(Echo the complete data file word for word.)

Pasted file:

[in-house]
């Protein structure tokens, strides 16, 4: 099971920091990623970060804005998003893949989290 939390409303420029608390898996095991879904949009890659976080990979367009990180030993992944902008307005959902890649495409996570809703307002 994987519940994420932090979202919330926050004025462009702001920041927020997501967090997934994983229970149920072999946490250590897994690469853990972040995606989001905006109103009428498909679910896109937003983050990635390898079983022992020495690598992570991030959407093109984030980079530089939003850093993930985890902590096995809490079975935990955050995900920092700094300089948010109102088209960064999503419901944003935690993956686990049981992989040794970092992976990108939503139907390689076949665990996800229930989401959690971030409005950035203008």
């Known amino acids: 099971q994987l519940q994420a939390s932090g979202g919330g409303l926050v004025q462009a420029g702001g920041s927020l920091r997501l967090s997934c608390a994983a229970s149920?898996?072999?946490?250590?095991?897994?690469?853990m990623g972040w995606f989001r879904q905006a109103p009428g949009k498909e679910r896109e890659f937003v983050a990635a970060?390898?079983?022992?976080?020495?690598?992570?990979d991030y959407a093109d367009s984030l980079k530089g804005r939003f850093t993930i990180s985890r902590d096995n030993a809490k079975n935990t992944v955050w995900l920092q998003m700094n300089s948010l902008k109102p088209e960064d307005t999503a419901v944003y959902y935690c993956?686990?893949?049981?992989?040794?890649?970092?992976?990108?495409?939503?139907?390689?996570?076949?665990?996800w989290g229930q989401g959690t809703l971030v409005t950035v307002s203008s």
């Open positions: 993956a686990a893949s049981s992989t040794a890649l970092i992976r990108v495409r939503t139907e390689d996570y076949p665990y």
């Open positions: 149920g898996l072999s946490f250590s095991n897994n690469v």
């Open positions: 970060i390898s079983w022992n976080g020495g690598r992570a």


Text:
[in-house]
């Protein structure tokens, strides 16, 4: 099971920091990623970060804005998003893949989290 939390409303420029608390898996095991879904949009890659976080990979367009990180030993992944902008307005959902890649495409996570809703307002 994987519940994420932090979202919330926050004025462009702001920041927020997501967090997934994983229970149920072999946490250590897994690469853990972040995606989001905006109103009428498909679910896109937003983050990635390898079983022992020495690598992570991030959407093109984030980079530089939003850093993930985890902590096995809490079975935990955050995900920092700094300089948010109102088209960064999503419901944003935690993956686990049981992989040794970092992976990108939503139907390689076949665990996800229930989401959690971030409005950035203008």
């Known amino acids: 099971q994987l519940q994420a939390s932090g979202g919330g409303l926050v004025q462009a420029g702001g920041s927020l920091r997501l967090s997934c608390a994983a229970s149920?898996?072999?946490?250590?095991?897994?690469?853990m990623g972040w995606f989001r879904q905006a109103p009428g949009k498909e679910r896109e890659f937003v983050a990635a970060?390898?079983?022992?976080?020495?690598?992570?990979d991030y959407a093109d367009s984030l980079k530089g804005r939003f850093t993930i990180s985890r902590d096995n030993a809490k079975n935990t992944v955050w995900l920092q998003m700094n300089s948010l902008k109102p088209e960064d307005t999503a419901v944003y959902y935690c993956?686990?893949?049981?992989?040794?890649?970092?992976?990108?495409?939503?139907?390689?996570?076949?665990?996800w989290g229930q989401g959690t809703l971030v409005t950035v307002s203008s």
């Open positions: 993956a686990a893949s049981s992989t040794a890649l970092i992976r990108v495409r939503t139907e390689d996570y076949p665990y």
């Open positions: 149920g898996l072999s946490f250590s095991n897994n690469v």
């Open positions: 970060i390898s079983w022992n976080g020495g690598r992570a």